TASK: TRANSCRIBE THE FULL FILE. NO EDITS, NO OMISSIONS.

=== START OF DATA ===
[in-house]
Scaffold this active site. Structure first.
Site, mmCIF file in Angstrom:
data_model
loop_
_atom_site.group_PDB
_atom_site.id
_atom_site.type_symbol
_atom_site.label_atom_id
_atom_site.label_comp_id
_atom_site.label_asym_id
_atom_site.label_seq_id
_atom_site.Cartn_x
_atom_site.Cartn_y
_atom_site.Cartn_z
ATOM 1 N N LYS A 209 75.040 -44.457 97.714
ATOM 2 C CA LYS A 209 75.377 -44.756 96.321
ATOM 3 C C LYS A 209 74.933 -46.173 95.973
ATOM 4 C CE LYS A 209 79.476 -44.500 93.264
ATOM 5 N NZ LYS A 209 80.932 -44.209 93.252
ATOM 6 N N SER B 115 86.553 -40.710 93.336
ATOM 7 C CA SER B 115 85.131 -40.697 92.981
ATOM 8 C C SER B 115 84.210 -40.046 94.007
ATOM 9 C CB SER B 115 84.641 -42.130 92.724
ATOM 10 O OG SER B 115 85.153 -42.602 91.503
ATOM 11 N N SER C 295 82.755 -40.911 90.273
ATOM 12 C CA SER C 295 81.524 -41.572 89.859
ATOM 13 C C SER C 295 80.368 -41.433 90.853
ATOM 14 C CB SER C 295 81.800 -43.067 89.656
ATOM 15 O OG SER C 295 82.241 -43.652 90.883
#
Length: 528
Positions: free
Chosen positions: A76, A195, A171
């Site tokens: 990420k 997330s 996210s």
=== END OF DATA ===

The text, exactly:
[in-house]
Scaffold this active site. Structure first.
Site, mmCIF file in Angstrom:
data_model
loop_
_atom_site.group_PDB
_atom_site.id
_atom_site.type_symbol
_atom_site.label_atom_id
_atom_site.label_comp_id
_atom_site.label_asym_id
_atom_site.label_seq_id
_atom_site.Cartn_x
_atom_site.Cartn_y
_atom_site.Cartn_z
ATOM 1 N N LYS A 209 75.040 -44.457 97.714
ATOM 2 C CA LYS A 209 75.377 -44.756 96.321
ATOM 3 C C LYS A 209 74.933 -46.173 95.973
ATOM 4 C CE LYS A 209 79.476 -44.500 93.264
ATOM 5 N NZ LYS A 209 80.932 -44.209 93.252
ATOM 6 N N SER B 115 86.553 -40.710 93.336
ATOM 7 C CA SER B 115 85.131 -40.697 92.981
ATOM 8 C C SER B 115 84.210 -40.046 94.007
ATOM 9 C CB SER B 115 84.641 -42.130 92.724
ATOM 10 O OG SER B 115 85.153 -42.602 91.503
ATOM 11 N N SER C 295 82.755 -40.911 90.273
ATOM 12 C CA SER C 295 81.524 -41.572 89.859
ATOM 13 C C SER C 295 80.368 -41.433 90.853
ATOM 14 C CB SER C 295 81.800 -43.067 89.656
ATOM 15 O OG SER C 295 82.241 -43.652 90.883
#
Length: 528
Positions: free
Chosen positions: A76, A195, A171
């Site tokens: 990420k 997330s 996210s």